LONDON– Rishi Sunak, Britain’s former chancellor of the exchequer, has won the ruling Conservative Party’s leadership contest.
He will replace Liz Truss on Tuesday as the British prime minister, the third this year, at a time of economic challenges and political turbulence.
FIRST INDIAN-ORIGIN PM
Sunak, 42, is the first person of Indian origin to become the British prime minister. He is also the youngest prime minister in the country’s modern political history. Sunak was declared winner by the Tory backbench 1922 Committee shortly after the deadline on Monday afternoon when he emerged as the only contender who secured the required backing of at least 100 lawmakers. Another contender, Penny Mordaunt, leader of the House of Commons, failed to garner enough votes. Former Prime Minister Boris Johnson withdrew from the contest on Sunday despite the backing of 102 Tory lawmakers he claimed to have secured. Johnson said it was “simply not the right time” for him to stand for the leadership race as “you can’t govern effectively unless you have a united party in Parliament.”
The leadership race was launched when Truss announced her resignation on Thursday after a little over six weeks in office. Her economic blueprint, the “mini-budget,” was blamed for causing market turmoil and tanking the Conservative Party’s poll rating. Monday’s victory was second time lucky for Sunak. In his first shot at the top job this summer, he lost to Truss in the head-to-head stage of the Tory leadership race, triggered then by scandal-hit Johnson’s resignation.
“PROFOUND ECONOMIC CHALLENGE”
Sunak inherits an economy that is on the brink of recession as a combination of energy crisis, cost-of-living crisis and runaway inflation defies any easy fix. Britain’s inflation rose by 10.1 percent in September as food costs keep rising. The squeeze on public spending has aggravated problems in key public services such as the National Health Service. British households have also been warned that they will face electricity blackouts this winter due to gas shortages. His predecessor’s solution of using debt-funded tax cuts to spur economic growth failed to turn the situation around. Truss’s economic strategy plunged the British pound to a 37-year low against the U.S. dollar, while pushing up the cost of government borrowing and mortgage rates.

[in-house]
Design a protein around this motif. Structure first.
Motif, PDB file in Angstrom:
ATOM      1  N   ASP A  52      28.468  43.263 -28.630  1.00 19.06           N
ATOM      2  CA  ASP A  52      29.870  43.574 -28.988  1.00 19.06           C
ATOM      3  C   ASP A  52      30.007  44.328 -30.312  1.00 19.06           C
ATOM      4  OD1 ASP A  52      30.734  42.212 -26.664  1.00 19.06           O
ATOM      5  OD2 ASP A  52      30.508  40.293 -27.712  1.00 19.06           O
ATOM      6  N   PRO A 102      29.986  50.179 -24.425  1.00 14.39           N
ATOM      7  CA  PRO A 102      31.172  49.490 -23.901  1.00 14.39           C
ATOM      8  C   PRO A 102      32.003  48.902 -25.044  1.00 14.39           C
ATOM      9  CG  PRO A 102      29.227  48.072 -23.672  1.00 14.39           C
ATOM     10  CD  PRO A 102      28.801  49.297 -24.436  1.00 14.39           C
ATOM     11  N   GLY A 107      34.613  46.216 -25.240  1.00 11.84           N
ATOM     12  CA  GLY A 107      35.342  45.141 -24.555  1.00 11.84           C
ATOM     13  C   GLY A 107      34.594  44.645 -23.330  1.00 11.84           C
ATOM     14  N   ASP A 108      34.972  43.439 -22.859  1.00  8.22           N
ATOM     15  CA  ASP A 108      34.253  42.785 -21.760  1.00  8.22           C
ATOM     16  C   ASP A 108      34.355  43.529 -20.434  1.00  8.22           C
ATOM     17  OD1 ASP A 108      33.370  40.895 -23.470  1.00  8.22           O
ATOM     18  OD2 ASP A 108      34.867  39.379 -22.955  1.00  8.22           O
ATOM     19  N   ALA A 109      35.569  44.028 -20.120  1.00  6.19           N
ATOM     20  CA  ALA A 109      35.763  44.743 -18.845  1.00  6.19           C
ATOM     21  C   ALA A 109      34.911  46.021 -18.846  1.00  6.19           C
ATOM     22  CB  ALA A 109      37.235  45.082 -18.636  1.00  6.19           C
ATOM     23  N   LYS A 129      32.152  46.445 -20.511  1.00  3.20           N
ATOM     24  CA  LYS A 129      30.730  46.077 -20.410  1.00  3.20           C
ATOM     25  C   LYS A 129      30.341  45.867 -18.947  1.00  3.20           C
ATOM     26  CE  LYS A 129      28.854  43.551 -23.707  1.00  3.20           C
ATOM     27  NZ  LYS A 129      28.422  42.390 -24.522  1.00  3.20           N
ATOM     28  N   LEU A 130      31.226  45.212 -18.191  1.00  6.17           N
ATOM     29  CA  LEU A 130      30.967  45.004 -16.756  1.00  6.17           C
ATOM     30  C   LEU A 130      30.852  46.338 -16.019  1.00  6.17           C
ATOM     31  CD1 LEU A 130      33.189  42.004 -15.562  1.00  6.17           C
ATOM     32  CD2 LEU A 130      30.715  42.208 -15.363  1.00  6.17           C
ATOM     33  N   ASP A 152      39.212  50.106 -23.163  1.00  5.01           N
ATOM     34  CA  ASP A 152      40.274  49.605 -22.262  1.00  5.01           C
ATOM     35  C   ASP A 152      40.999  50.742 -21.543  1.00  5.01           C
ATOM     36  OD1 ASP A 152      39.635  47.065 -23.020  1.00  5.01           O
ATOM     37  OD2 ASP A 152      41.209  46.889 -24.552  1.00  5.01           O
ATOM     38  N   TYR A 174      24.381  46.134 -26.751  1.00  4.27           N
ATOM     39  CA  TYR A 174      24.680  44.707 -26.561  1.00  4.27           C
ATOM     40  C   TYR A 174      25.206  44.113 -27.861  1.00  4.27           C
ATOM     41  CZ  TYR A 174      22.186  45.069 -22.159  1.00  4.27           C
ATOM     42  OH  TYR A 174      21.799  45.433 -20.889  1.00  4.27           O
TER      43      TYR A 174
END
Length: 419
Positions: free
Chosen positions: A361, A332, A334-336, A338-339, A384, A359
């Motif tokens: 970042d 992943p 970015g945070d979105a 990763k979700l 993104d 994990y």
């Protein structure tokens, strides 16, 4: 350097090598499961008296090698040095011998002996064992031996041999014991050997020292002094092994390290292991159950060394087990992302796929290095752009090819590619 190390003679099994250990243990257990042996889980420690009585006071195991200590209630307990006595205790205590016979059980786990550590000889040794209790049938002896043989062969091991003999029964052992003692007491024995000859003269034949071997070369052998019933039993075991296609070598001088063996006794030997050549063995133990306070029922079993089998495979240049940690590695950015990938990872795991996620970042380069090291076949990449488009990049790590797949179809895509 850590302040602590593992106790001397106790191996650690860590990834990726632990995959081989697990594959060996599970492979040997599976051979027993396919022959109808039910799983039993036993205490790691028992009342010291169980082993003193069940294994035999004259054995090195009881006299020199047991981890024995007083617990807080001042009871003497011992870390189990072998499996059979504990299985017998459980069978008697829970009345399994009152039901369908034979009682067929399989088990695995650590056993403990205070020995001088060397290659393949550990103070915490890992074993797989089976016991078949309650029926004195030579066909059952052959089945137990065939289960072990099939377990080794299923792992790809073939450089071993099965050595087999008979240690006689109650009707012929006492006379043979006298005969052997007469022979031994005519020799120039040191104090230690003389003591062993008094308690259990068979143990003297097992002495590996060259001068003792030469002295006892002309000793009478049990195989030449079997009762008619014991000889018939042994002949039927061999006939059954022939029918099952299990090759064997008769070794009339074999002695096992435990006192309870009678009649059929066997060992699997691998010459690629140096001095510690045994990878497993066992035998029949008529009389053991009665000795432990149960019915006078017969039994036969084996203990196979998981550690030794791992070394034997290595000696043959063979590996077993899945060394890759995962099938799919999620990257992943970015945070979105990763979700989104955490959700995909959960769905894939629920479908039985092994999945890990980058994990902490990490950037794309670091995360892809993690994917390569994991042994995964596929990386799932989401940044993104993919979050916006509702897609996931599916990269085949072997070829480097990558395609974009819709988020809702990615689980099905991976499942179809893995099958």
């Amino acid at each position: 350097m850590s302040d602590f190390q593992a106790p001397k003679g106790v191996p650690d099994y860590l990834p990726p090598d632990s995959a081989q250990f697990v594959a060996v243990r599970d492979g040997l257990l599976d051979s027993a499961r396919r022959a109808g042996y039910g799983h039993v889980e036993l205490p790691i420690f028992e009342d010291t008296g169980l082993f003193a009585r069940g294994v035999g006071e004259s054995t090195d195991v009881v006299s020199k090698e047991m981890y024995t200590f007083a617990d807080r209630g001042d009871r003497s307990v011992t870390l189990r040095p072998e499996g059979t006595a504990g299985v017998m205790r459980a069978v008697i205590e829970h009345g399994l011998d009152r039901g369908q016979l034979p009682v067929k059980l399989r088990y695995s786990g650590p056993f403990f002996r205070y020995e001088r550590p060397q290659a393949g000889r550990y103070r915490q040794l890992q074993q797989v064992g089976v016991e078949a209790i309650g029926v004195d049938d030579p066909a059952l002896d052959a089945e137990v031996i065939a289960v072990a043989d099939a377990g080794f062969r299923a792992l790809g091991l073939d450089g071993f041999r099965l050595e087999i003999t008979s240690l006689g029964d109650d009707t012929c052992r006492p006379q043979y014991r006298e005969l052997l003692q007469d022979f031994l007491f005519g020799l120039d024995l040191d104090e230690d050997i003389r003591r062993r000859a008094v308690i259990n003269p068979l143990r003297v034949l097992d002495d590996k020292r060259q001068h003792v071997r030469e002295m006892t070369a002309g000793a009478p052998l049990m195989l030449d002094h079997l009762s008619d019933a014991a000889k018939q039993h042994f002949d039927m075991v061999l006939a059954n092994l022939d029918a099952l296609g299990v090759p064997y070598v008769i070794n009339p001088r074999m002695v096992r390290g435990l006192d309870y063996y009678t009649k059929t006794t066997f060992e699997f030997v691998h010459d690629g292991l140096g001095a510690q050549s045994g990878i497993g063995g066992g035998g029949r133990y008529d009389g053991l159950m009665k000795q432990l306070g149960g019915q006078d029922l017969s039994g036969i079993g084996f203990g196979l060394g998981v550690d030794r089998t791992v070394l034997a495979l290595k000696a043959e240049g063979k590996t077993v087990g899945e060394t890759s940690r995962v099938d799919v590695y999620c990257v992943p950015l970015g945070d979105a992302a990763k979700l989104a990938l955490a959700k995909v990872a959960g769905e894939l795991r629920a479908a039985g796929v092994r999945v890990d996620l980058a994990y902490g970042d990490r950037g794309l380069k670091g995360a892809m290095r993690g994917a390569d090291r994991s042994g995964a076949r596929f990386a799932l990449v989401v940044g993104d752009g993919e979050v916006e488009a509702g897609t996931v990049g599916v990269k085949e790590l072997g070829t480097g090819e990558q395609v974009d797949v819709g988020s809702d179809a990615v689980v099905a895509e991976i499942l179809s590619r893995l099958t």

In his first public address as the Tory leader, Sunak admitted that Britain is facing “a profound economic challenge.” “Sunak won’t set himself on fire the way Liz Truss did because he’s a more competent manager and a more savvy politician. However, he’s facing a very uphill task,” Professor Iain Begg from the London School of Economics and Political Science told Xinhua.
“The big challenge for Sunak is that he has to manage a series of complicated problems against a very inauspicious fiscal background. He can’t spend his way out of trouble the way he did (in the early months of the pandemic) when he was the chancellor,” Begg said. “Now it’s much more difficult because interest rates are rising, which means the cost of householders are going up. There is pressure on the public finances because of the previous rounds of public expenditure, so he’ll be walking various tightropes simultaneously,” he added.
LAST CHANCE SALOON
The frequent change of occupant at 10 Downing Street and a lack of effective policies to solve economic and social woes have drained the British public’s patience. “Britain’s standing in the world is going to be adversely affected by what’s happened over the last few months … Changing prime ministers, changing ministers, making decisions and unmaking decisions, all of this just looks terribly bad internationally. It’s not a serious form of government,” Begg said. The opposition parties, including the Labour Party, the Liberal Democrats and the Scottish National Party, have renewed their calls for a general election, arguing that the general public should have a say over who leads the country instead of letting a handful of Tory party members call the shots.
A new polling by YouGov published hours after Sunak’s victory has found that a majority of people — 56 percent — believe he should call an early general election. In his address on Monday, Sunak also made a strong case for stability and unity as the seemingly endless drama in Westminster risks derailing the future of not only the Conservative Party but the whole country.
“We now need stability and unity. And I will make it my utmost priority to bring our party and our country together,” Sunak said. Sunak will officially become the new prime minister on Tuesday after meeting King Charles III in Buckingham Palace where the monarch will invite him to form a government. His first address to the nation outside 10 Downing Street later in the day on his vision and plans for Britain will offer a clue as to whether he can turn the tide. “The Conservatives are in what we call last chance saloon. If they don’t make Rishi Sunak premiership work, they are going to be slitting their own throats,” Begg said. – Xinhua